How to get from Kathmandu to Pokhara

Pokhara is one of Nepal’s most beautiful cities and has been referred to as Peaceful Paradise. This tourist destination is surrounded by the Himalayas has a lake located in the middle of the town, and some nearby waterfalls and gorges. Pokhara is not only the gateway to many of the most popular Nepalese trekking and hiking routes but is also on the equally popular Kathmandu to Pokhara tourist circuit.

In season time when the weather is lovely and clear, a one-day Kathmandu to Pokhara tour is a good idea. This is usually in March-April and later in the year in October-November. During this time, you can usually see the mountains in the morning but in the afternoon, they are covered by clouds. All is not lost because you use the time to see more of Pokhara city or go trekking and hiking.

Make sure you don’t miss the sun rises and the panoramic Himalayas view. In particular, watching the sunset on Stupa Hill or Phewa Lake is highly recommended. The semi-natural Lake Phewa (Fewa in Nepali) is famous for its stunning reflections of the peaks of nearby mountains on its surface.

Visit the temple located in the middle of the Lake for some great memories to take home. If you want to get the best from your Pokhara tour, we recommend you spare at least a night in this tourist paradise.

How to Travel from Kathmandu to Pokhara

One the map, Pokhara may appear rather close to Kathmandu as the two cities are just about 204 kilometers (126 miles) apart. However, the terrain in Nepal and the quality of the road make for an extremely long drive. That’s probably why many opt to fly. However, with this mode of travel, you are going to miss out on some of the finest attractions Nepal has to offer.

Some of what you are likely to miss when you fly include the historic town of Bandipur, one of Nepal’s architectural gems. Others are a picture-postcard village that has been lovingly restored and now offers European ambience amidst gorgeous Nepalese vistas.

Kathmandu to Pokhara by Road

From Kathmandu to Pokhara is slightly over 200 km by road, but the travel time can be as long as 6 to 7 hours. Why is that? Because the road passes through very hilly and winding terrain. However, all is not lost because the view as you travel is simply breathtaking. Besides, you get to feel and experience the rural side of Nepal as you drive around the scenic villages, hills, and mountains.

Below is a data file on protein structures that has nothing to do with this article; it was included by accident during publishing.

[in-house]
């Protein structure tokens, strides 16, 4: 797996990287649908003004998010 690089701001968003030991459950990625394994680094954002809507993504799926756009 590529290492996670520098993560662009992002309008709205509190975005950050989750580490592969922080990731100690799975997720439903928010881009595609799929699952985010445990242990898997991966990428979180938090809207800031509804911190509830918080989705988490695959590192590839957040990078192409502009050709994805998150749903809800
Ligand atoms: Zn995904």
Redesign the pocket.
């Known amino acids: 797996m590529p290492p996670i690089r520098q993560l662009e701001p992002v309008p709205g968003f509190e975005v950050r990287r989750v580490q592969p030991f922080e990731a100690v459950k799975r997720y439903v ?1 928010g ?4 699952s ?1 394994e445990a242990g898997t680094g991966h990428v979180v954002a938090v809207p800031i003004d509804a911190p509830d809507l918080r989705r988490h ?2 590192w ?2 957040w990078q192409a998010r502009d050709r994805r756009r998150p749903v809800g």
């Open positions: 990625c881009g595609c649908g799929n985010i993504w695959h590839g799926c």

Whatever form of road transport is taken, they all follow the same route to Pokhara from Kathmandu, and therefore, no option is necessarily faster than the other. What will really determine the duration is the specific mode of transport and the traffic you encounter around the Kathmandu Valley as well as the time of day.

For the adventurous tourist, the notorious Prithvi Highway in Nepal, which winds through 206km of the hilly countryside is more than a painful bus ride to be endured. This Highway is the only road that will take you from Kathmandu to Pokhara and is undeniably a very scenic journey. Because of the nature of the road and traffic conditions, this is typically a slow journey. For the first half, it follows the Trisuli River and as you get closer to your destination, the breathtaking Himalayas come into view.

Kathmandu to Pokhara by Public Bus

Public buses are your cheapest option when travelling to Pokhara from Kathmandu but the least comfortable. You can either board a full-size bus or the smaller microbus—but either way, the vehicle will be jam-packed. These leave throughout the day, generally every 30 minutes mostly from the Gongabu Bus Park.

They aren’t necessarily any slower than the more luxurious tourist buses. They are, in fact, often slightly faster as they are likely to make fewer comfort stops and when they do, it’s just a brief stop by the roadside!

They can be quite uncomfortable as they often have old stiff seats, no air conditioning, and play loud music. Passengers and luggage tend to fill the aisles. Don’t be surprised if you find yourself sharing the bus with domestic animals or birds. You might even make the journey standing!